Similar? Substantially Similar? Virtually Identical?

Space Analytics has provided expert testimony on some of the largest architectural copyright cases: retail, garden apartments, tall buildings, very large luxury houses, hospitality and custom houses typically found in wealthy suburbs. The large cases are the following.

  • A 12,000 SF luxury house in Beverly Hills

    Our testimony in Hablinski v. Amir led to a federal court upholding an award of $5.9 million in damages to the plaintiff, the largest for an architectural copyright case in the United States. The exterior was substantially similar and, even though the rooms had different names, the interior layout was over 95% identical.

  • Luxury garden apartment buildings

    in Phoenix (Humphreys v. Tibsherany) and Las Vegas (Tibsherany v. Built Form). In the former we showed the defendant's floor plans and façades did not meet the substantial similarity test, while in the latter, they did.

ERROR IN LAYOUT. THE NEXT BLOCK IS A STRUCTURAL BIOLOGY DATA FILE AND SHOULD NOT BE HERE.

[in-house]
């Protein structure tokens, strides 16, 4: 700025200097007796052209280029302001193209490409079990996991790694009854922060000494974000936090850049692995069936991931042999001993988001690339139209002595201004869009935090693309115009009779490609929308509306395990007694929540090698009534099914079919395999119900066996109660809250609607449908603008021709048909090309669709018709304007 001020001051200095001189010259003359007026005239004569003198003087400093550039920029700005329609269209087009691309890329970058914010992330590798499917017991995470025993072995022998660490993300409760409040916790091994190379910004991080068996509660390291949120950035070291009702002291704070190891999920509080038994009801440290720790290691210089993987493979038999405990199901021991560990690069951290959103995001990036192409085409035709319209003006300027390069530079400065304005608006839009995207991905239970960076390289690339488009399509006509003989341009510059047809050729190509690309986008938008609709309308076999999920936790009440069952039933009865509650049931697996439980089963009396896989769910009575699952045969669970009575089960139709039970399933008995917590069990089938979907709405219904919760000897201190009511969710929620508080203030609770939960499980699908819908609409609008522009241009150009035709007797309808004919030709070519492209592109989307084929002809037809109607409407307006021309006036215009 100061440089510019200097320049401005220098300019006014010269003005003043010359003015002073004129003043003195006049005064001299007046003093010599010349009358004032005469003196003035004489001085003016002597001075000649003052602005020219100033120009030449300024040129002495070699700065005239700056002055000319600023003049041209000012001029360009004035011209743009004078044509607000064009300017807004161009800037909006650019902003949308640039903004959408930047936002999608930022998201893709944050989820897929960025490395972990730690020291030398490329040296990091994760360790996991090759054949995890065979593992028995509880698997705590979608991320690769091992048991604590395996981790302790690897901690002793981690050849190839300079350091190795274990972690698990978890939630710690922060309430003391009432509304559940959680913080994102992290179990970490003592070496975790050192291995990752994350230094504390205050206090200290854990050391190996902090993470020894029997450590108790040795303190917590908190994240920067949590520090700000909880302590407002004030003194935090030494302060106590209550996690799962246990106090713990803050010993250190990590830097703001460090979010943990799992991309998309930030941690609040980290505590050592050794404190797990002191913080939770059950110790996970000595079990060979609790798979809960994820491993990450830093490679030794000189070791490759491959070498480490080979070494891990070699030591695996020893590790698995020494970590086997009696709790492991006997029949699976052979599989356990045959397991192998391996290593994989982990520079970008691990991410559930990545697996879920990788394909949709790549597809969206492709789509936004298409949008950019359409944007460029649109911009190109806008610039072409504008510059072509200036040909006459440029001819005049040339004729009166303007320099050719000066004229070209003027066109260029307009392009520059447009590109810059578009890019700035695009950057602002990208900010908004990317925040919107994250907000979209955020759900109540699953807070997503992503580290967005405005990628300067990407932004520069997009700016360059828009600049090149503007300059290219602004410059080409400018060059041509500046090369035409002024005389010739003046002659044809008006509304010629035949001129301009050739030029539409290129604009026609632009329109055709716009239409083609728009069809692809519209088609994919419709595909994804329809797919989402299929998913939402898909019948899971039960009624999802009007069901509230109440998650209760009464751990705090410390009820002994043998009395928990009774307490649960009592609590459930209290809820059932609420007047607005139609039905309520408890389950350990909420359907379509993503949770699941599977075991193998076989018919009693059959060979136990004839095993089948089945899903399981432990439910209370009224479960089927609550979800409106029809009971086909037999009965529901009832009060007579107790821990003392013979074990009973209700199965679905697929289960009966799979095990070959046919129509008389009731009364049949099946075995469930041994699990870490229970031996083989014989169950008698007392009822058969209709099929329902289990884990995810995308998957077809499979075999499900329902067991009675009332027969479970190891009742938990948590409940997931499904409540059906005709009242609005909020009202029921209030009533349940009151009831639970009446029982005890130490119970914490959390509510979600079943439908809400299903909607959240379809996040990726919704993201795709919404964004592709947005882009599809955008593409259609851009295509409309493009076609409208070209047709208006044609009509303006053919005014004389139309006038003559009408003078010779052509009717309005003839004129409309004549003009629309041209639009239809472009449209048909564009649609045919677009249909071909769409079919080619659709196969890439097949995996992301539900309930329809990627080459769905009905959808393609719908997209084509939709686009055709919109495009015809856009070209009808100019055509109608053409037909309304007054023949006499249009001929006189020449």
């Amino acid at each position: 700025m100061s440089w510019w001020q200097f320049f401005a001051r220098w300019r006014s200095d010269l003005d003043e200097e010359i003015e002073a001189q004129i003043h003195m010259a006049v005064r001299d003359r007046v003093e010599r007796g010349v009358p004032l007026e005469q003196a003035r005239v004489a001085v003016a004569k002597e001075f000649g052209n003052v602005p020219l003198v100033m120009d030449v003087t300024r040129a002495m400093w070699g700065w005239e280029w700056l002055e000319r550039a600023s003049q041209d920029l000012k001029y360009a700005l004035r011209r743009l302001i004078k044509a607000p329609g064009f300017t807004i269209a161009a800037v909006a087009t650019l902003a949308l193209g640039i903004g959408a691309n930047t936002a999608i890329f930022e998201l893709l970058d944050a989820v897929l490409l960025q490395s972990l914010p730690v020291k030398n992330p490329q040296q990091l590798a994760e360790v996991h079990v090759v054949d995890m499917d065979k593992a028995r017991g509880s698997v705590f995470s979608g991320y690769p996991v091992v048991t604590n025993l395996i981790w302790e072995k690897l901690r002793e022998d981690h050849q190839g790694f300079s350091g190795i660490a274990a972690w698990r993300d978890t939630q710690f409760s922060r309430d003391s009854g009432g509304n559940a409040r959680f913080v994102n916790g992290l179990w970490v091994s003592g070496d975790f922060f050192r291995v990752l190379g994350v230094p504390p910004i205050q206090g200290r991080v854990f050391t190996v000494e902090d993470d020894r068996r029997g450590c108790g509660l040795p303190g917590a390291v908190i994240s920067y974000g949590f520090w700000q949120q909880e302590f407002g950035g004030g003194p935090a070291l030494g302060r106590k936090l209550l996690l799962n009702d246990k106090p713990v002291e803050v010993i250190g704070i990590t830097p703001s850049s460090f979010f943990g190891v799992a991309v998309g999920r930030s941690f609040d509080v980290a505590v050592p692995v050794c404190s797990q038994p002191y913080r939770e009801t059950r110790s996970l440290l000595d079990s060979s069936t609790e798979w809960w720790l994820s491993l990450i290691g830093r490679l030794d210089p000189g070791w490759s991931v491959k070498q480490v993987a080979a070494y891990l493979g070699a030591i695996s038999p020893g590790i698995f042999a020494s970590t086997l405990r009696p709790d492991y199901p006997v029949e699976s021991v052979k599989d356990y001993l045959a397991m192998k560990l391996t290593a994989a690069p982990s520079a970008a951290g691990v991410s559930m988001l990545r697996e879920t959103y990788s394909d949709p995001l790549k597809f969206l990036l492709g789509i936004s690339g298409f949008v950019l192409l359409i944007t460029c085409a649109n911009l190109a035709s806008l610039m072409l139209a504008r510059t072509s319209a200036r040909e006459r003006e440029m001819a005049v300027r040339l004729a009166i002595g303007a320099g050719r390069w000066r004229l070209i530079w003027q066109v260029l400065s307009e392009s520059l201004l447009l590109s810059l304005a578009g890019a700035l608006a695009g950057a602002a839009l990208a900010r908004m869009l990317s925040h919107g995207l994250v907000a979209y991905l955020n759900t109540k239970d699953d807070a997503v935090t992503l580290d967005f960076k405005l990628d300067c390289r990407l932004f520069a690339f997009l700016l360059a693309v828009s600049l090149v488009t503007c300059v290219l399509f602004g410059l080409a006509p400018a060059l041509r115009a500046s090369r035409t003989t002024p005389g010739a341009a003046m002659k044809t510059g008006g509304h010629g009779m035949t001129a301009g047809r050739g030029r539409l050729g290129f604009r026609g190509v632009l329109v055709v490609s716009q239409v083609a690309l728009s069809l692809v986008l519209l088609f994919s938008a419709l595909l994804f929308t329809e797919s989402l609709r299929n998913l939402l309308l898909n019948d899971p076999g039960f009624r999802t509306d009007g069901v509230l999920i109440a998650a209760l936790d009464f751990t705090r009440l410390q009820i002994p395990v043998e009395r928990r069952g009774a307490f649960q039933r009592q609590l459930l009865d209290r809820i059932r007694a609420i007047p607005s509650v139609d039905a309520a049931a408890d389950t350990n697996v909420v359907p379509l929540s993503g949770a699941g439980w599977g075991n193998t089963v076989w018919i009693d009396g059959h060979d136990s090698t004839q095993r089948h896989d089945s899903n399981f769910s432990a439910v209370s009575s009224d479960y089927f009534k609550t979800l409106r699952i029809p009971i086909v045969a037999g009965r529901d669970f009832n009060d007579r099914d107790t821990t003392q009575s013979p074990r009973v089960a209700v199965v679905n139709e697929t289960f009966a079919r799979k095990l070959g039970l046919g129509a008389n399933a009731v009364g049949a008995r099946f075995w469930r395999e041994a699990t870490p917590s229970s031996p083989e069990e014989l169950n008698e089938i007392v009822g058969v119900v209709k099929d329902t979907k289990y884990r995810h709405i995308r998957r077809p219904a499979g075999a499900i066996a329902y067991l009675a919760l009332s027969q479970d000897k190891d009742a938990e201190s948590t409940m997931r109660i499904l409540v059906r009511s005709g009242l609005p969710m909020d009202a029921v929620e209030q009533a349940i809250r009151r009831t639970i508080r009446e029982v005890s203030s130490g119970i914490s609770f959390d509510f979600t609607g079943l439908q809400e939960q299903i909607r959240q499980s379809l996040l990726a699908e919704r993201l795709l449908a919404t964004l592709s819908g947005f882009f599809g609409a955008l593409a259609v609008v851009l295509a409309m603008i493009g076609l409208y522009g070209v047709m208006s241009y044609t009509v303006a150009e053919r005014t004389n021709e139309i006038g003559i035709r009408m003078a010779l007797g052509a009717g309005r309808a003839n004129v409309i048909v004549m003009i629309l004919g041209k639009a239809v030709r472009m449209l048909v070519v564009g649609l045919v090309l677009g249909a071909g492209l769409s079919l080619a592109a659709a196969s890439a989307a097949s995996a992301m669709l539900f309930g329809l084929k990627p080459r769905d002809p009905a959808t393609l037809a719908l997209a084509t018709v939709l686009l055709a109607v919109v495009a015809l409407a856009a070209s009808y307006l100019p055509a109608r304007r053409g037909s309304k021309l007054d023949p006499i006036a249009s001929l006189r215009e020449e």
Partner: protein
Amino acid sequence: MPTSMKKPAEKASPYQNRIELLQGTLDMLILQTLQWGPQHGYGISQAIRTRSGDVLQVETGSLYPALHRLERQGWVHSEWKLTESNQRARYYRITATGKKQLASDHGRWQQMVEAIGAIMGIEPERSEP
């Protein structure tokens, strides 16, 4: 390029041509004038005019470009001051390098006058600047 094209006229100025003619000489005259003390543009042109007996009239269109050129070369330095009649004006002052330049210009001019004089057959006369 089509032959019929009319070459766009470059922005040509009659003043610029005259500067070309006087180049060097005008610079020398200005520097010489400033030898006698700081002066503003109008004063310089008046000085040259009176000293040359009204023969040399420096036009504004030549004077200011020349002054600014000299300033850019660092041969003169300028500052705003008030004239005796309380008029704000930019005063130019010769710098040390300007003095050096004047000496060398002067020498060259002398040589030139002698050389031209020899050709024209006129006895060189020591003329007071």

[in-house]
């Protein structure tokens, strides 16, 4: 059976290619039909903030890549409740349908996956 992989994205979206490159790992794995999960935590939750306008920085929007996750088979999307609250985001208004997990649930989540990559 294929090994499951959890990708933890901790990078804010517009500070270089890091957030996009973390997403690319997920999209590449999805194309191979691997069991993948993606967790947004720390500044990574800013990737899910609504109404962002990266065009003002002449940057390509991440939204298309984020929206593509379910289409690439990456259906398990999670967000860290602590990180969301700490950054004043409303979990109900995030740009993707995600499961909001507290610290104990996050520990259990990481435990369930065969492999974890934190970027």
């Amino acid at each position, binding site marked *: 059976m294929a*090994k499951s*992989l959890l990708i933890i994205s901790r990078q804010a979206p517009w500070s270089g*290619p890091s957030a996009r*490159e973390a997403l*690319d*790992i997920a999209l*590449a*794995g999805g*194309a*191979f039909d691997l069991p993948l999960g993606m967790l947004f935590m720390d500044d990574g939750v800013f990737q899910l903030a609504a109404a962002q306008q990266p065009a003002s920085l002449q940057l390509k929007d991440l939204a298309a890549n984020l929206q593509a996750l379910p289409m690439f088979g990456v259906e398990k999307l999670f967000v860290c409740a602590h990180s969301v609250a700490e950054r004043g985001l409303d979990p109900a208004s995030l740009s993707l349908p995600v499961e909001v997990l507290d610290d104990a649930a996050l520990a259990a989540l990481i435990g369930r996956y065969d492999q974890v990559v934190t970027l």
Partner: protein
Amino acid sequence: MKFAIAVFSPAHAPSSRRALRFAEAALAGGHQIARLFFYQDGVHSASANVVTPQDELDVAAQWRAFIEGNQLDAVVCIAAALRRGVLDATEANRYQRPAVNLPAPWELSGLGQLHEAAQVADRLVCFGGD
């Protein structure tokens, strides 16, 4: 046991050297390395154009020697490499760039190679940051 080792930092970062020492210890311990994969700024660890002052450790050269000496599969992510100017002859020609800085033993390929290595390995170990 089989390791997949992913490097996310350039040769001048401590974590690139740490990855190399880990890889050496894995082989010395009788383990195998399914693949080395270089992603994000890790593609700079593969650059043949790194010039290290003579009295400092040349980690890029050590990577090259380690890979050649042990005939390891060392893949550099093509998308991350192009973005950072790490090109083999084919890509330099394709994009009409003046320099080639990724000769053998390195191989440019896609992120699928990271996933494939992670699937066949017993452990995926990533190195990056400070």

• A major hotel and casino in Las Vegas

    In Davidson v. USA and USPS, the United States Postal Service in wanted to show the Statue of Liberty copy at the New York New York Hotel and Casino was part of the architecture. Our testimony clearly showed no part of the sculpture or its immediate context could be considered architecture and the plaintiff was awarded $3.5 million in damages.

  • A high-rise condominium just north of Miami

    In Oravec v. Sunny Isles, we showed substantial similarities in almost every aspect of the two building designs and that the defendant design firm had never designed a building like that by the plaintiff. But the appeal court ruled the original (the top one) was simply a concept.

  • A trade dress case in Castle Rock

    involving an existing factory outlet mall and a nearby proposed factory outlet mall we showed the footprints, the spatial patterns and windows and façade elements of proposed mall were substantially similar to the existing one.